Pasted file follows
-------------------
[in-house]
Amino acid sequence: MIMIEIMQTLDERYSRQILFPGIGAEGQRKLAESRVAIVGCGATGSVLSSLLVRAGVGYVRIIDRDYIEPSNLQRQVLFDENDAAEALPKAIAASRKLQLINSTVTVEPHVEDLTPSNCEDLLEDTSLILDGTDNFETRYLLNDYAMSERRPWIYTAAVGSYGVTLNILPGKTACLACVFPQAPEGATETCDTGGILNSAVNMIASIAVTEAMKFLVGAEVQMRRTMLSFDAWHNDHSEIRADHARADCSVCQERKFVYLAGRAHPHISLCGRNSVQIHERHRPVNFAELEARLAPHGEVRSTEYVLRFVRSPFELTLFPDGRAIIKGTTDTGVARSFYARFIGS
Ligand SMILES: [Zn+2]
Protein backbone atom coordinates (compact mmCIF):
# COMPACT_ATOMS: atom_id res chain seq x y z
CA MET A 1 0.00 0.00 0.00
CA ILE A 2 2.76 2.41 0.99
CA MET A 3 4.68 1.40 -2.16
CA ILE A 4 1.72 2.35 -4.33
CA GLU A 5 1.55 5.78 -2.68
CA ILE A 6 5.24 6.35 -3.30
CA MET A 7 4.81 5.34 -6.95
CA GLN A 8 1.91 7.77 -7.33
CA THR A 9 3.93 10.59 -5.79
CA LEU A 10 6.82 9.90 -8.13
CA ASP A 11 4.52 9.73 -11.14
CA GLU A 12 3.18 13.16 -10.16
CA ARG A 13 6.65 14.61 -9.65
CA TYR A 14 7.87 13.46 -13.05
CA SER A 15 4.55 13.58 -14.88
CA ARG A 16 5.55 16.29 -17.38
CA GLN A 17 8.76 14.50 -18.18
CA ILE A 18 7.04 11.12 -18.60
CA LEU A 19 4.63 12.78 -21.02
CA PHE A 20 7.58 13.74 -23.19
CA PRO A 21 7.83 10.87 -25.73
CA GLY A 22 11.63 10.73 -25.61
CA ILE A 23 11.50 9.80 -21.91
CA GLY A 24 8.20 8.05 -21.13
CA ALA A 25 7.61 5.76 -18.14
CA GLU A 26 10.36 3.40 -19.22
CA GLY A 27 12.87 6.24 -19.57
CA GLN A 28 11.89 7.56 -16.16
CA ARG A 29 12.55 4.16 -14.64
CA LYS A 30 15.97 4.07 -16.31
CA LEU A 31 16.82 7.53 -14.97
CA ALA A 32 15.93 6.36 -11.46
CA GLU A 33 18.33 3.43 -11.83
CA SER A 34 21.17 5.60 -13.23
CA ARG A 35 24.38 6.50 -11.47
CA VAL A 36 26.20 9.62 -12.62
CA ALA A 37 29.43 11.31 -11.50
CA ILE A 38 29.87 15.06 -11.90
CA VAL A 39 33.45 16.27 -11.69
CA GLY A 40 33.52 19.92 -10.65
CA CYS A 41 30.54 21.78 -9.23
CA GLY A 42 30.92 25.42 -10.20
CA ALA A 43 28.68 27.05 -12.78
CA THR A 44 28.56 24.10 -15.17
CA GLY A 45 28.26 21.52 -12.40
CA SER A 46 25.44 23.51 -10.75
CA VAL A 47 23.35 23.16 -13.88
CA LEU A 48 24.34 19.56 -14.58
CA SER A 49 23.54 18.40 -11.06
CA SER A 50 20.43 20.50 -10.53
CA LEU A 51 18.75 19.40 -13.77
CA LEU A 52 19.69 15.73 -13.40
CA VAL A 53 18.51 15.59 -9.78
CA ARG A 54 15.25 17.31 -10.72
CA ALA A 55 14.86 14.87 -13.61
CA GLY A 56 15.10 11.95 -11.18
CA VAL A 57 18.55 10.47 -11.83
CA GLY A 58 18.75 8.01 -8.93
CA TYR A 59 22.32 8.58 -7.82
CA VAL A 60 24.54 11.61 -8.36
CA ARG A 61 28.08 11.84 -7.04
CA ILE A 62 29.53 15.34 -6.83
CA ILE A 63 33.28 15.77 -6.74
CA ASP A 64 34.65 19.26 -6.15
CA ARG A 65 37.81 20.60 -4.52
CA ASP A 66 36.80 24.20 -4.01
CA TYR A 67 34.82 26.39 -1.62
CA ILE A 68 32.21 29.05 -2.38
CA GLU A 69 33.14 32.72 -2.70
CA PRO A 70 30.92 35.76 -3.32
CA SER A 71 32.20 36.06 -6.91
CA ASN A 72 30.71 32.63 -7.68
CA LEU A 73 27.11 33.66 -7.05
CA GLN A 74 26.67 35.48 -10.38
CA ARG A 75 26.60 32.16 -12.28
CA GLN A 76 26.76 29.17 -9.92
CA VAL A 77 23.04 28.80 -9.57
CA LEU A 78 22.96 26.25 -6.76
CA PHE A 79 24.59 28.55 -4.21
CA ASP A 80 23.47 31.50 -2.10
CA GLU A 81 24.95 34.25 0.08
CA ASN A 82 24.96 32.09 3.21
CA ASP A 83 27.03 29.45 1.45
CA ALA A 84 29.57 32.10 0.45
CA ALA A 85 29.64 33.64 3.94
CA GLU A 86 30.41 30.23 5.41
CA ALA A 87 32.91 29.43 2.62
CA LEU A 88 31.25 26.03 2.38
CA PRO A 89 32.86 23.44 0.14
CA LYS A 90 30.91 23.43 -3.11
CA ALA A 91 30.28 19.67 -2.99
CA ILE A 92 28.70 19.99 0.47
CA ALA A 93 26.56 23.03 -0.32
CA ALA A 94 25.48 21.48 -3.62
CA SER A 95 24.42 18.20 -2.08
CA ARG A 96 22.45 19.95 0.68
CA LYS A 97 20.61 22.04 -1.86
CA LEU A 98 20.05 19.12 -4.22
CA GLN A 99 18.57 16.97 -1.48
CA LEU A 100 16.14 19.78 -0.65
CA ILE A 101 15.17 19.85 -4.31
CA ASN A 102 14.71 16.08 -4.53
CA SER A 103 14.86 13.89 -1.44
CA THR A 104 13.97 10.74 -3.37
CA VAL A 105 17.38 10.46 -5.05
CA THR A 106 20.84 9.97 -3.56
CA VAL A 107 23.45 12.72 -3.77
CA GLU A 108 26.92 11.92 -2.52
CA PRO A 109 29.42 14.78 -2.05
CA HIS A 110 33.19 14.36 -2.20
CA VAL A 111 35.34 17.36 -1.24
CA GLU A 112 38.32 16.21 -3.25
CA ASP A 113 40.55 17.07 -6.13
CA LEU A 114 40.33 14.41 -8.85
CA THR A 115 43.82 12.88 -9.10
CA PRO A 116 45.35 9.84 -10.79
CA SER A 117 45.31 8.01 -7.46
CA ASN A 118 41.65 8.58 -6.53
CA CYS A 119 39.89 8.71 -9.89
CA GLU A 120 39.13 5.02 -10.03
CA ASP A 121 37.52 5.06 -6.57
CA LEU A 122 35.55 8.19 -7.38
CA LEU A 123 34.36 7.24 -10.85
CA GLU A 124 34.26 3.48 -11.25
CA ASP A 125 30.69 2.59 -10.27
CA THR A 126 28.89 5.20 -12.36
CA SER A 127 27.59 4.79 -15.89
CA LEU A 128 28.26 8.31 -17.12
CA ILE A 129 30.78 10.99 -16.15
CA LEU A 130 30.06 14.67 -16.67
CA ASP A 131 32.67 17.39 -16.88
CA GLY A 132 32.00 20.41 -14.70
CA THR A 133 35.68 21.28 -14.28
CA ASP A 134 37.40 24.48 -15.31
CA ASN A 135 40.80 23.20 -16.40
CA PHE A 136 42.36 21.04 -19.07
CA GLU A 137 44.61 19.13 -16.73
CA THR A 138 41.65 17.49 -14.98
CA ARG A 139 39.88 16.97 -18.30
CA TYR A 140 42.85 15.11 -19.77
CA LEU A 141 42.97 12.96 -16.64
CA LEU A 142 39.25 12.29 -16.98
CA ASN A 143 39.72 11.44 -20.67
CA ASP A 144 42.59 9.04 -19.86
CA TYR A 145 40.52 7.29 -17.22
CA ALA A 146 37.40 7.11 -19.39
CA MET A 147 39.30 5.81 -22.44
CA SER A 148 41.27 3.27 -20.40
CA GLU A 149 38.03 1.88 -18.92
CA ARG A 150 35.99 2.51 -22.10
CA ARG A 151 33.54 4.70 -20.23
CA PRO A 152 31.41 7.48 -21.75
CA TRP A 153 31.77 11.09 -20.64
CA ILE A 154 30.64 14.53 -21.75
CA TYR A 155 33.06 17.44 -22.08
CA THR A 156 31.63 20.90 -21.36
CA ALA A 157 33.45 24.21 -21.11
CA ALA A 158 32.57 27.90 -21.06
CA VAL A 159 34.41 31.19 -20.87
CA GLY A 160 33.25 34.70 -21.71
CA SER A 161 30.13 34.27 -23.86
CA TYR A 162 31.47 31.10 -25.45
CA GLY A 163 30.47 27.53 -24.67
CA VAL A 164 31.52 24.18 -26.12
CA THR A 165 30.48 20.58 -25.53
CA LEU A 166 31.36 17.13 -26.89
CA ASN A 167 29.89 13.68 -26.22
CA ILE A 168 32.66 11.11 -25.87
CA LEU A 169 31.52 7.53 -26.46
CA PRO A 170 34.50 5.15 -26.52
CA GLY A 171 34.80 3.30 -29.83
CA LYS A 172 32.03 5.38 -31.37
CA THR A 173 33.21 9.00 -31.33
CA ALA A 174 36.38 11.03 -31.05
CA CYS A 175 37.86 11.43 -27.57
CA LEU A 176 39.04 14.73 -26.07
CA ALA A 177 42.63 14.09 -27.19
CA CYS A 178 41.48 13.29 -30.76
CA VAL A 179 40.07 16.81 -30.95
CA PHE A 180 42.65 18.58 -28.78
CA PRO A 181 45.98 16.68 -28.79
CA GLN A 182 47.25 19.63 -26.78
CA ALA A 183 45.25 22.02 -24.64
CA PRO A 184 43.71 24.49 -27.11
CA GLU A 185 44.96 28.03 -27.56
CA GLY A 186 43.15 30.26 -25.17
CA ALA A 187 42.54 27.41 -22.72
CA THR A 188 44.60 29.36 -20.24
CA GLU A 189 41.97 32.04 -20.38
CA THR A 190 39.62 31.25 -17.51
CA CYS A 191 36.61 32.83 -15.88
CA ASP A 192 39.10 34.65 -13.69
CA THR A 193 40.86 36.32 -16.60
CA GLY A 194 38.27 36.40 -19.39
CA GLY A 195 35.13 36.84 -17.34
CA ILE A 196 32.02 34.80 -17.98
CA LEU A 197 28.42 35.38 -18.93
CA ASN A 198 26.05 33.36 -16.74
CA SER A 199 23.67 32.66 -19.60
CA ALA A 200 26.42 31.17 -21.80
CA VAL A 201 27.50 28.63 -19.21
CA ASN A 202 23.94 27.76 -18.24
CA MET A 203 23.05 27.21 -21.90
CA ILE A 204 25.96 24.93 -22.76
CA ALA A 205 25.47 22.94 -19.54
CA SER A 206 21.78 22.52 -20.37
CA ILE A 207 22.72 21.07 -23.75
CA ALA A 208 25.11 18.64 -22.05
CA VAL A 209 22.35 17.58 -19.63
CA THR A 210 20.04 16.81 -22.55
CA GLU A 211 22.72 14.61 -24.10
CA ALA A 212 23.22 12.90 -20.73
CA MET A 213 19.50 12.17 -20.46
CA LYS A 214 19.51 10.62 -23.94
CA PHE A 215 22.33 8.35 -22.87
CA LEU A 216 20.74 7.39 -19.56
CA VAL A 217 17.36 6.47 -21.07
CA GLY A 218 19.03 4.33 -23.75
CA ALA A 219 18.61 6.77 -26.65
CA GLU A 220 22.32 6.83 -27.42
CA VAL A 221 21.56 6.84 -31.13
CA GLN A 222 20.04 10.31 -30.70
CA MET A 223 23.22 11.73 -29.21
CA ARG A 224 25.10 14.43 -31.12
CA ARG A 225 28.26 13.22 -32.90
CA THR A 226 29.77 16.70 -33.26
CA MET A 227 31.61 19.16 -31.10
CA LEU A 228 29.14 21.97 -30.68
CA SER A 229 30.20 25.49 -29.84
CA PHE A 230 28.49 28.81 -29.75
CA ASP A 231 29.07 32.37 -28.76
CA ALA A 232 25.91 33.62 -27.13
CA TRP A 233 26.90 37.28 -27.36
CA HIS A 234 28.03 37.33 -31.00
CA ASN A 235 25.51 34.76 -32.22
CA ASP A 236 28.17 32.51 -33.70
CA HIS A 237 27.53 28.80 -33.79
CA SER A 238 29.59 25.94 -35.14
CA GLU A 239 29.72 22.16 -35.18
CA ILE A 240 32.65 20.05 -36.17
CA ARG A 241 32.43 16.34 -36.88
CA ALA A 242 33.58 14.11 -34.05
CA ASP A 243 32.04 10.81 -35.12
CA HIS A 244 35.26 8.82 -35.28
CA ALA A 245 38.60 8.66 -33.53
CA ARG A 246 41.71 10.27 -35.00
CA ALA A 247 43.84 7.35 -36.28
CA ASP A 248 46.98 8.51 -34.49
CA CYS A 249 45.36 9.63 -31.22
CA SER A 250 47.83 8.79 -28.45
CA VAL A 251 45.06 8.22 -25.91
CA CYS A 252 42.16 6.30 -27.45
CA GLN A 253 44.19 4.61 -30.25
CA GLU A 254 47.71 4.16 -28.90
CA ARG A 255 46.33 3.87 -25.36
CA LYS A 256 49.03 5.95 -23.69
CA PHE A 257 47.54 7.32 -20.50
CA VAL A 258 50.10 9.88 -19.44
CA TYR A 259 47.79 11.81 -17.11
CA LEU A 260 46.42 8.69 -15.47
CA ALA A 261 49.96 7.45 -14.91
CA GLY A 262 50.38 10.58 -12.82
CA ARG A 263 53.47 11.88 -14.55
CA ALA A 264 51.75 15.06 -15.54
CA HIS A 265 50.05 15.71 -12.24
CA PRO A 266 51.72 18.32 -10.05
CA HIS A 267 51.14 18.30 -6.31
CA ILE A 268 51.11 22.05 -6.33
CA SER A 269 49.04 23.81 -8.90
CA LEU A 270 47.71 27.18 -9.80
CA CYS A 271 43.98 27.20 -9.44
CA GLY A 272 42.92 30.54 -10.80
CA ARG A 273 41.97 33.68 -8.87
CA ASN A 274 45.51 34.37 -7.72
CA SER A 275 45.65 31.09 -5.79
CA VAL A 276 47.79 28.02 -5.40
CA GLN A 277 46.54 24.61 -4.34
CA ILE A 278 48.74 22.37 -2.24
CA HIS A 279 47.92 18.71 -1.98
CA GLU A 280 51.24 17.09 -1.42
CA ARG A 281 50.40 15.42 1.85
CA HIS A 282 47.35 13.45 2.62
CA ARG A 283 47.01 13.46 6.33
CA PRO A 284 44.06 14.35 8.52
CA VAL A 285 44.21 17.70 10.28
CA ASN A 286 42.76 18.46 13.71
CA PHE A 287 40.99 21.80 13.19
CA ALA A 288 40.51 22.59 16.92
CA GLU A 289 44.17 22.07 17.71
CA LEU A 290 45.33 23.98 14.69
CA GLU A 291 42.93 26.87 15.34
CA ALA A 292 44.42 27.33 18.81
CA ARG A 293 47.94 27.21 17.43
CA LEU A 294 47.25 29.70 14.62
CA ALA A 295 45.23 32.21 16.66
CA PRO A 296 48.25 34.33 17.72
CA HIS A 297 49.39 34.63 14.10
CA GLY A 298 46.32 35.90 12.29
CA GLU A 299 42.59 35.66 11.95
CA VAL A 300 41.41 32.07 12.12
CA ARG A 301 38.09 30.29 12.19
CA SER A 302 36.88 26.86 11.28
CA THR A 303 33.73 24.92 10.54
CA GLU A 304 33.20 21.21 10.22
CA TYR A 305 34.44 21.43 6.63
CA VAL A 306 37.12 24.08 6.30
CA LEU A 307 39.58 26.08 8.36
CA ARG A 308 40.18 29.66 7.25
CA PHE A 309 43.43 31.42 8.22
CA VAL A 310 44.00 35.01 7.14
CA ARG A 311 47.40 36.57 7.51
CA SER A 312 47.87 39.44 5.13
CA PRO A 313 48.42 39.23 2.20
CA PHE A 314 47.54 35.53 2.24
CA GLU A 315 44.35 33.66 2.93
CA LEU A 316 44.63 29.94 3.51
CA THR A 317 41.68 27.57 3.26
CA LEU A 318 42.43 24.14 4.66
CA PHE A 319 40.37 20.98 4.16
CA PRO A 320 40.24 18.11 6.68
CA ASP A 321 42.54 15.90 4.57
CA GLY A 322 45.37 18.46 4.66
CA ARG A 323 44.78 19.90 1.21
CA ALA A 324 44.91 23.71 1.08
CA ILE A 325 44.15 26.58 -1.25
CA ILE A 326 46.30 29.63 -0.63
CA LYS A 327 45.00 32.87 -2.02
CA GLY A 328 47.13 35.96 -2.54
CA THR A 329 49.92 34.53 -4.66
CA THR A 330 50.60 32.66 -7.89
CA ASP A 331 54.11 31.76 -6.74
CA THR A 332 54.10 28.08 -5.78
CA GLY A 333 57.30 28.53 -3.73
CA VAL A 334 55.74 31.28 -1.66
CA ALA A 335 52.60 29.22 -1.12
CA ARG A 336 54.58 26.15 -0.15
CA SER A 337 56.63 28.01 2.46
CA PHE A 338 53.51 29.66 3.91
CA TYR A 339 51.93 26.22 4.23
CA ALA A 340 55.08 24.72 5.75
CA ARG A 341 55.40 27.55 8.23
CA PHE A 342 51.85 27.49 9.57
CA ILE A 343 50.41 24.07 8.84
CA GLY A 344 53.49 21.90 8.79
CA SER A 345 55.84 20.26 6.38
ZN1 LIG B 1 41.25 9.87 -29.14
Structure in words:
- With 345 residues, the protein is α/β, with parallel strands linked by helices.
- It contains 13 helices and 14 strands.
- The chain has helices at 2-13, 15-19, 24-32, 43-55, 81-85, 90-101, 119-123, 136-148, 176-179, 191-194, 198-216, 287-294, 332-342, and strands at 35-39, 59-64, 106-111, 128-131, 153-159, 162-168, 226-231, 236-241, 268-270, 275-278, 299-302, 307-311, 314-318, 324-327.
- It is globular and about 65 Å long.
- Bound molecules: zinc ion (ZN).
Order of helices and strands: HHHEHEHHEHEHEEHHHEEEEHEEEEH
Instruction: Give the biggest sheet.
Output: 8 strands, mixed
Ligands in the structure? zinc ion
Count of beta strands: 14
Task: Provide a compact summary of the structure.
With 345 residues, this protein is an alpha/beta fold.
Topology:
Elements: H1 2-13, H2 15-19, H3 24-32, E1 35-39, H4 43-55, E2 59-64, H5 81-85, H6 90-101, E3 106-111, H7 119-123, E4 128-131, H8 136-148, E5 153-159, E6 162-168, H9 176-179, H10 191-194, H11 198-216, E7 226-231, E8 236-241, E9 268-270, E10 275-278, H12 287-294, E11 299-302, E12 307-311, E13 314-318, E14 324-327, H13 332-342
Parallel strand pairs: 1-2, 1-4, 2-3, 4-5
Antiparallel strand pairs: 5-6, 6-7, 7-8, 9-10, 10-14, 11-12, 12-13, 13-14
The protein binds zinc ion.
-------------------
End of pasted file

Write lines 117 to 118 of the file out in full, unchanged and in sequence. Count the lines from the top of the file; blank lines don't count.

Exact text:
CA GLU A 112 38.32 16.21 -3.25
CA ASP A 113 40.55 17.07 -6.13